Yes, the battery of an RV does charge when plugged in. Keeping your batteries healthy and lasting is another topic we should talk about. When you are heading out into the middle of nowhere, you want to make sure that you actually get there. *This also applies to batteries in a towable trailer too.
RV batteries are lead-acid batteries and have many cells connected in series. So, if you have a battery of 6 cells, which is usually the case, you have a 12 volt DC battery. This provides it with enough power to run a few RV systems and certain systems inside throughout your RV. These would be the systems which need 12 volts DC.
The thing with RV batteries is that they do not recharge themselves automatically like some others. When the battery discharges or power is lost, you will have to recharge it yourself. And you also have to keep monitoring its levels to know when the charge falls too low.
- Charging of RV batteries can be done using standard AC outlets which are available in campgrounds or maybe your home. These outlets usually come with 120-volt AC output.
- So, to convert this AC current in DC which the battery requires, you need a power converter.
- Most of the recent models of RV’s do come with these converters in-built these days.
- However, if are traveling around in an old one, make sure you have one with you.
The charging process is fairly simple. If you keep it plugged in, it would keep charging. The problem is if the charge is too low, it might take a long time. This can be quite frustrating for owners if you need charge quickly. Keep monitoring the charge levels so you do not let it get too low.
If you do not want to use a standard charger, there are other options available today. Go for solar power and using stand-alone battery chargers. Solar power can be a great option but is a bit tricky to manage. You only get a limited amount of time per day depending on the area to charge. And then you have to know exactly how much power your RV needs. The better option might be to use a battery charger which can be found in most automotive stores.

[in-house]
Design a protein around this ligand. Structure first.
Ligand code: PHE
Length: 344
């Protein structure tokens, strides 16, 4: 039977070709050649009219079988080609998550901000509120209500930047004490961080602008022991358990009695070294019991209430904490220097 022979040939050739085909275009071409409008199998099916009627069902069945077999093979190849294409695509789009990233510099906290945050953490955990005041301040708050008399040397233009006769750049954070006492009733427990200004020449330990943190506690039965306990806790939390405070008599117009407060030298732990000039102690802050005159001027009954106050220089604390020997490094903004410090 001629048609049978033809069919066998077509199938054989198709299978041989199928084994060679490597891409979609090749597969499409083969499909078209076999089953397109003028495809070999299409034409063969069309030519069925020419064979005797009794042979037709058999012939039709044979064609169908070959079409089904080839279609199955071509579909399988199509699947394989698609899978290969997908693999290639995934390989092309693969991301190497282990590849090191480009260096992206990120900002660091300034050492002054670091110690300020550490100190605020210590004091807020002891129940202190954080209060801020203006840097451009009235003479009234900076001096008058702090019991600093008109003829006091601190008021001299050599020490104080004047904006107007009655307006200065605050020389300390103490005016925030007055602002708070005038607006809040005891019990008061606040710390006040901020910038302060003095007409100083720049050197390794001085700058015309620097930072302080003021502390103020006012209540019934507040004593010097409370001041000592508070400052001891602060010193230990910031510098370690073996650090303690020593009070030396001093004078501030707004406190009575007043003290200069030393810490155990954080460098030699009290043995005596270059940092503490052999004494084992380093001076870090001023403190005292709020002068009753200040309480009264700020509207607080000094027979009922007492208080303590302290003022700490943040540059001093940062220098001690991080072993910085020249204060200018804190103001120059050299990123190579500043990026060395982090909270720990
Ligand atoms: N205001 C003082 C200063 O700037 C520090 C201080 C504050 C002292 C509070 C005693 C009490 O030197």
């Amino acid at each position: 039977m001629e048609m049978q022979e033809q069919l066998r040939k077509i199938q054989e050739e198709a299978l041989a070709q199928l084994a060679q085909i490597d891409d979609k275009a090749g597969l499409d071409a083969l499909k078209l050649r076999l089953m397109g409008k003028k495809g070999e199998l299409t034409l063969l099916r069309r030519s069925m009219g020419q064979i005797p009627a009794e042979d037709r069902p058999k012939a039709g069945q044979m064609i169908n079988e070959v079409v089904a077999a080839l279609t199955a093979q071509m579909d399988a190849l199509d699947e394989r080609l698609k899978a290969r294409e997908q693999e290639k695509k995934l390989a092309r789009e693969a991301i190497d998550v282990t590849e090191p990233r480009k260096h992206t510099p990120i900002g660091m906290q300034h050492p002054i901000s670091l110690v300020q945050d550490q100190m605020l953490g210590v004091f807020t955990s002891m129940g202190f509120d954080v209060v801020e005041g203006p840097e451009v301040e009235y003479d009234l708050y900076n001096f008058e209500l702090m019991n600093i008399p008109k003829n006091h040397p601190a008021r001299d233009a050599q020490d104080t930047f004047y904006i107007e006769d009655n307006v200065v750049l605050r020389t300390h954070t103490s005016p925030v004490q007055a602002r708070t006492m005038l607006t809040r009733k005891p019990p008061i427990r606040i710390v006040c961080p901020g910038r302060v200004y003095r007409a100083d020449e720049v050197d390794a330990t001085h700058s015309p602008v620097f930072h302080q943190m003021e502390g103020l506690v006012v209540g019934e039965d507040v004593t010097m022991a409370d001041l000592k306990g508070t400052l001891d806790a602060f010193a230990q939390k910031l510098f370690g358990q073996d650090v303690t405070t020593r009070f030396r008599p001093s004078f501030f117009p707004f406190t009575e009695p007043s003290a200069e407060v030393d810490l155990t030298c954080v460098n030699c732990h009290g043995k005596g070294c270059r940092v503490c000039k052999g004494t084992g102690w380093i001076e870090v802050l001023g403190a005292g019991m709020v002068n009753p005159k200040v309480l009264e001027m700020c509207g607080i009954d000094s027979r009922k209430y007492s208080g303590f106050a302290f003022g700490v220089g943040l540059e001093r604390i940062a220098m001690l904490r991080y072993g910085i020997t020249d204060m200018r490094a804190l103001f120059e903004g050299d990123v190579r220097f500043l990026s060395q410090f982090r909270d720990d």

Does RV battery in trailer charge when driving or moving?
Everyone who has ever owned an RV knows about its battery and the pain and frustration it causes to charge its batteries. So it would’ve popped into everyone’s head, “Can I charge my battery while driving as well”. Wouldn’t that be quite convenient? Well, turns out there are quite a few ways you can employ to charge your batteries while on the move.
The things you would need for this are –
- Voltage Controlled Relay(VCR)
- Anderson Plugs
- Good quality cables with high amperage
Step 1 –
Start with the VCR which disconnects the batteries automatically. It also parallels the start and auxiliary batteries. The batteries and the truck get comparable to the levels which are pre-set and the relay is closed. If the truck is switched on, the relay opens. But in case it is switched off, the batteries get disconnected. The voltage will be set to the pre-set levels.
Step 2 –
The first thing to do is to minimize the voltage drop. Use cables with high amperage which are also of good quality to do this. Anderson plugs can be used. This is because Anderson Plugs can carry high amperage with low voltage levels.
These plugs also provide a great connection. The cable should be easily detachable. 50 amps of automatic reset circuit breakers on any side of the plugs on positive lines provide circuit protection. This can also eliminate fire hazards. To insulate from any short-circuiting, a few rubber slips on the breaks can help.
This is how you can charge the RV batteries while moving/traveling.
How to Tell if Your Converter is NOT Charging the Battery?
Under normal scenarios, if your RV battery is plugged in, then it should be charging. And depending on the charge that has depleted from the battery, this can take a long time. But there are cases when there might be a problem with your power source, converter or battery and your RV battery actually does not charge.
So how can you know when it is not charging?
- Check your AC power source with other products to check if is delivering power. This is the first and easiest step and should be eliminated first.
- The second test is to check your converter. First, identify the 120 volt AC power of your RV. The first check can be using a voltage meter. This can be used to check if power is sent to the converter. Next, it can be plugged into a running generator and the readings can be taken. Note that if the voltage reading is more than 120volts, it can potentially damage your appliances inside the RV.
- The third is to check the battery. RV’s usually have a monitor which shows its battery levels. This is normally present on the dashboard of the vehicle. If the battery is not charging, the battery levels will not increase and will continue to go down over time. Look at the battery with all its wires and fuses to check if there’s any noticeable breakage or corrosion in them.
What is Good RV Battery Maintenance?